Wednesday, March 7, 2012

Elmo's Secrets to Speaking Success

I hate Elmo. With a passion. That annoying voice. The stupid laughing followed by "Ooh, that tickles". The fact that I trip over two or three of them anytime I walk into my four-year-old's room. Ugh.

But I found myself watching "Being Elmo" on Netflix Monday night. I was just going to watch the first few minutes before my wife came back down to the couch where we would then watch the next episode of Star Trek: Voyager (yes, we're both geeks). But, just like Capt. Janeway and her crew, I got caught in an energy wave - the energy of Kevin Clash, the man behind the bright red fur.

I sat for the duration of the movie, watching as this boy who dreamed of being a puppeteer from his first glimpse of Sesame Street (the premiere, no less), fulfill his own destiny. How did he do it?

1. Passion - Kevin identified his passion early, but it doesn't matter so much when you find it, just THAT you find it. Are you passionate about being a speaker? Are you passionate about your topic? About the results for others, and yourself that comes with speaking, whether professionally or casually?

2. Follow-Thru - he worked on it immediately. Building his own crude puppets and putting on shows for his mother's daycare kids, then the neighborhood, then at parties, before eventually landing on a local kids show, which ended up putting him in position to work with Jim Henson, Master of Muppets. What are you doing today to further your speaking success?

3. Support - as a kid, he cut up his dad's wool-lined jacket to make a puppet. After doing so, he started to fear his punishment, but was met with only "Next time, ask." Wow. As kids, we aren't always guaranteed to have supportive parents. But as adults, we choose who we surround ourselves with - do you have support lifting you up along the journey?

4. Intention - he let everyone know what he wanted to do, and it helped connect him to the right people at the right time. Does everyone know you speak, and what you speak about? Do they know how to book you? Sure, you have a website - but does your neighbor know what you do?

5. Learn - Tony Robbins talks about Constant and Neverending Improvement - Kevin was continually honing his skills, finding mentors, and trying new ways to build and animate his puppets. Through this desire to improve, he eventually ended up visiting Jim Henson's workshop, and learning the "Henson Stitch", which creates the illusion of 'seamless muppets'. I know you're always learning, reader, because you're here - and likely looking towards MANY different speakers and teachers for information.

6. Deliver - As the premise of my blog implies, it's not enough to speak, one must deliver. When Kevin was given auditions, he knocked people's socks off, long before he ever ended up Being Elmo. Treat every speech, paid or not, like an audition - you never know who might be watching, or how they might be able to help you, now or in the future.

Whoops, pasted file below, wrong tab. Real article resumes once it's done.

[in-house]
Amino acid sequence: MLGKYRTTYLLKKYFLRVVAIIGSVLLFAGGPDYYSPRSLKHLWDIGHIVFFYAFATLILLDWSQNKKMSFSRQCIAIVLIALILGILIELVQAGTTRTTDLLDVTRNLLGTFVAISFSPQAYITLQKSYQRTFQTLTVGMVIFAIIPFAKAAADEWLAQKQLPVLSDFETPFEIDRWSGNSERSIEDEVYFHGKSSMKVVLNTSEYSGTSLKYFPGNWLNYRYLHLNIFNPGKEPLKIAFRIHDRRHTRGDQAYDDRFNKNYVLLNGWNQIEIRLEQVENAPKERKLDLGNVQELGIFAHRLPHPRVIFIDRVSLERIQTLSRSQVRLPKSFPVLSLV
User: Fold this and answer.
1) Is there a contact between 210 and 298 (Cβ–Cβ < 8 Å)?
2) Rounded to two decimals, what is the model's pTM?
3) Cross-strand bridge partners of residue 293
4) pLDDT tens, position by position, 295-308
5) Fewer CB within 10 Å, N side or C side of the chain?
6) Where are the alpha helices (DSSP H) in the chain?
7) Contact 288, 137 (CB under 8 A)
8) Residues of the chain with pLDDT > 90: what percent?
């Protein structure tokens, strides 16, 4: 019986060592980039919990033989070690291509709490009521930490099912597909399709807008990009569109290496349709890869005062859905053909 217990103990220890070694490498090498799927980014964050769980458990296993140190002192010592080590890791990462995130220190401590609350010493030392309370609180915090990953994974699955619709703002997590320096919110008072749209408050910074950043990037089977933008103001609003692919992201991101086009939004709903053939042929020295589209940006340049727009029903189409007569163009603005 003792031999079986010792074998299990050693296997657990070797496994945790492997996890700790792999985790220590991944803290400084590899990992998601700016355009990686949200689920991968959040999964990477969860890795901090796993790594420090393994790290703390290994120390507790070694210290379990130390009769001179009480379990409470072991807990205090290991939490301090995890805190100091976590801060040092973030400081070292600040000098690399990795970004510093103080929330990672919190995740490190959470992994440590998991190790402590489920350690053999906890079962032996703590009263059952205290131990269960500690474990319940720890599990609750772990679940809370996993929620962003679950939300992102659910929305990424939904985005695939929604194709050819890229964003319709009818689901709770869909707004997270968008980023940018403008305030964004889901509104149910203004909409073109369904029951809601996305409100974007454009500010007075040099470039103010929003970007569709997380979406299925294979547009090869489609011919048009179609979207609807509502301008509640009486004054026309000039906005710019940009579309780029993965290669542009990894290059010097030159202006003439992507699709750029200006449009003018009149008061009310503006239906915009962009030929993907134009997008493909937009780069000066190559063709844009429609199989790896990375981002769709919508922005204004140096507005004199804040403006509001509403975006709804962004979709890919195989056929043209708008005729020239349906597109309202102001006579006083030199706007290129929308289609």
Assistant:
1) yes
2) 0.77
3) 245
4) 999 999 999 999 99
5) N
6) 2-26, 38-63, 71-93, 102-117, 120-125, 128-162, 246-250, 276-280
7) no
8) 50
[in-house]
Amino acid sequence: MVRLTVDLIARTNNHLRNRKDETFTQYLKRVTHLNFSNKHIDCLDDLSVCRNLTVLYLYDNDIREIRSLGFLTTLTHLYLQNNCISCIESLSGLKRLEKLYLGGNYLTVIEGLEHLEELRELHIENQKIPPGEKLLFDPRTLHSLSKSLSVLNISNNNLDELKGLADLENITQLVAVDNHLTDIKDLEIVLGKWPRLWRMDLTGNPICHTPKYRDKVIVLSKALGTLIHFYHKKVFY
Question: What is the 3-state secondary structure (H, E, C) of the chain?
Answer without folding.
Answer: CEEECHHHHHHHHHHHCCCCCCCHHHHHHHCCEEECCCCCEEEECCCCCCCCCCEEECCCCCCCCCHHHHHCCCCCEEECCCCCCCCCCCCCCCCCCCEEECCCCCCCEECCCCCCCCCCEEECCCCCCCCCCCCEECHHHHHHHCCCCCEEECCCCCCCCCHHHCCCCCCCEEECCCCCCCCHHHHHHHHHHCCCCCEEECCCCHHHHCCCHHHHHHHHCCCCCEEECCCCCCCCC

7. Think Differently - Kevin Clash was already an established Muppeteer by the time the original voice of Elmo gave him the crimson muppet out of frustration. Did you know Elmo used to sound like a caveman? Kevin took Elmo and turned him into a kid, through his voice and mannerisms, and turned him into the most loving and positive muppet of all, with none of the edge of Oscar, Grover, or even Kermit. A Cookie Monster who loved people. Elmo-mania took off like a rocket, and it hasn't stopped since.

How are you delivering your message differently? There is always someone else delivering content similar to our own, for the most part. What is your unique twist? What will make you stand out?

After watching Kevin go through his journey, I admit it changed me, and they way I think about my speaking career. It also had another dramatic effect - I no longer hate Elmo. After, he loves me, so how can I not love the furry little scamp right back?

I recommend checking Being Elmo out - it's on Netflix, and be on DVD April 3rd. It's an inspiring story, and it may just help you find the spark you need to Speak...& Deliver!


  1. Mr. Hopkins,

    I love your blog. I saw you speak once at a Toastmasters Conference and I was so impressed. I have some questions with which you may or may not be able to help me.

    Until just recently I was a professional storyteller and aspiring professional speaker and workshop facilitator. Due to health issues (I won't burden you with my whole sad story) I have acquired a speech defect. I have had speech therapy and was discharged from that when they told me that they had done all for me that they could.

    I can still be understood mostly, but I decided that because of my speech defect I did not feel right about charging people money. I gave up my professional storytelling, which I just loved.

    I am now rethinking that. I miss it so much and still have aspirations to be a professional speaker. My question is, do you think that a professional speaker with a speech impediment is a crazy idea, or should I continue to follow my aspirations? How might I judge that, and of course, how do I get started?

    I would appreciate any advice you might be able to offer.

  2. Great tips you got here hope it will also work for me when I speak in public. I always wonder why I am always picked by people close to me to speak in public even if I don't have the experience and up to now I still continue to wonder why...

    Motivational Speakers Sydney



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